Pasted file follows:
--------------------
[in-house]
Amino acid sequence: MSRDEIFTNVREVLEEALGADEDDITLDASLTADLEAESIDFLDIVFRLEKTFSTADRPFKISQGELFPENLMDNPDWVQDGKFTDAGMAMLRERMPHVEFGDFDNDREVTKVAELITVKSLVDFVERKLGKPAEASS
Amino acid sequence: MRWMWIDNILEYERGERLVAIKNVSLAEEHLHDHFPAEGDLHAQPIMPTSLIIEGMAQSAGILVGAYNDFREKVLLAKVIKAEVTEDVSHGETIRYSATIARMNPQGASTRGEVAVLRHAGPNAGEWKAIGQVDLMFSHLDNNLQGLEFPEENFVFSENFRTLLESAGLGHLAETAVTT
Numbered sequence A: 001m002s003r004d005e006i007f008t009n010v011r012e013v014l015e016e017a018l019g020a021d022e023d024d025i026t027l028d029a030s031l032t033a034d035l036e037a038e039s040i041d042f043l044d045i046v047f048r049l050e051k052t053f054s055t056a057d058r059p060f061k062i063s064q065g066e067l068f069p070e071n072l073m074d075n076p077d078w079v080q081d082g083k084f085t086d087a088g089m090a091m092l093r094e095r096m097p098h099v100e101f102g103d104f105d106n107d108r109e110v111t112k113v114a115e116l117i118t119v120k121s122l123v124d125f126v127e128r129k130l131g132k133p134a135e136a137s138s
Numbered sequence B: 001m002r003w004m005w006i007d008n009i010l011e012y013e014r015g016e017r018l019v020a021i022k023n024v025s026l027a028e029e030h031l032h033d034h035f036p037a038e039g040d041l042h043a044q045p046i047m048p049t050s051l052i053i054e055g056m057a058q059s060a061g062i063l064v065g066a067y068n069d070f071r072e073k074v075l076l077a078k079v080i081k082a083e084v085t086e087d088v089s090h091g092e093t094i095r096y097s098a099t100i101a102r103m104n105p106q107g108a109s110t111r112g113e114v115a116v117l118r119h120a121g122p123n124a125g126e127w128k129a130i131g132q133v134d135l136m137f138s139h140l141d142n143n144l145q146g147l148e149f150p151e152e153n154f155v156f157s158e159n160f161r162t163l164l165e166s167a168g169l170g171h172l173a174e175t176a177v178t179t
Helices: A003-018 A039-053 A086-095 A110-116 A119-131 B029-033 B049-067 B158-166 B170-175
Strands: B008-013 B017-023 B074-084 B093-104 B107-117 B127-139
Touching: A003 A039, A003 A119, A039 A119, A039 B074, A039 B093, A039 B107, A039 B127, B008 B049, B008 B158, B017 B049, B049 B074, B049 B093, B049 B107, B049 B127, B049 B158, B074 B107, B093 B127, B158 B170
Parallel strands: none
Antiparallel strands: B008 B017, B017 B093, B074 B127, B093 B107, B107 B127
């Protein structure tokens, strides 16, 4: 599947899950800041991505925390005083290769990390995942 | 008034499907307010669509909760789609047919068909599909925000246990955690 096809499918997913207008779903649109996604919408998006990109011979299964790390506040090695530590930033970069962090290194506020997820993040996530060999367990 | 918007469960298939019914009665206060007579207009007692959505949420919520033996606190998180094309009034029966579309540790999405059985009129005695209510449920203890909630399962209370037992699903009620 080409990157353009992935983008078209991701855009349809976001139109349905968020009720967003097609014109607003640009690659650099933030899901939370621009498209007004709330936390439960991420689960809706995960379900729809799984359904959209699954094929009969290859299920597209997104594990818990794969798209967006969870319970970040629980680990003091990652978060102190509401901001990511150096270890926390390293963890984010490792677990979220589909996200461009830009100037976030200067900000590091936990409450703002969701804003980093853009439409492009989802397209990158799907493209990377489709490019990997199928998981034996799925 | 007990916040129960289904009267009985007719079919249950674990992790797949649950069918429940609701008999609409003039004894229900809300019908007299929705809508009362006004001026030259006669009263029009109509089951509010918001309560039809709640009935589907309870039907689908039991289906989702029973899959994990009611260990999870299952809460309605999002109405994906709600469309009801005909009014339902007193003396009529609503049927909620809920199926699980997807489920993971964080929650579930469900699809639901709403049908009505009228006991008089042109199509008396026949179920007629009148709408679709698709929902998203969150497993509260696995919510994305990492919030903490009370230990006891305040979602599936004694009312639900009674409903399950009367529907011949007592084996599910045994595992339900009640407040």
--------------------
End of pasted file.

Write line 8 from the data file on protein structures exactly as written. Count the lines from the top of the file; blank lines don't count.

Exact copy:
Touching: A003 A039, A003 A119, A039 A119, A039 B074, A039 B093, A039 B107, A039 B127, B008 B049, B008 B158, B017 B049, B049 B074, B049 B093, B049 B107, B049 B127, B049 B158, B074 B107, B093 B127, B158 B170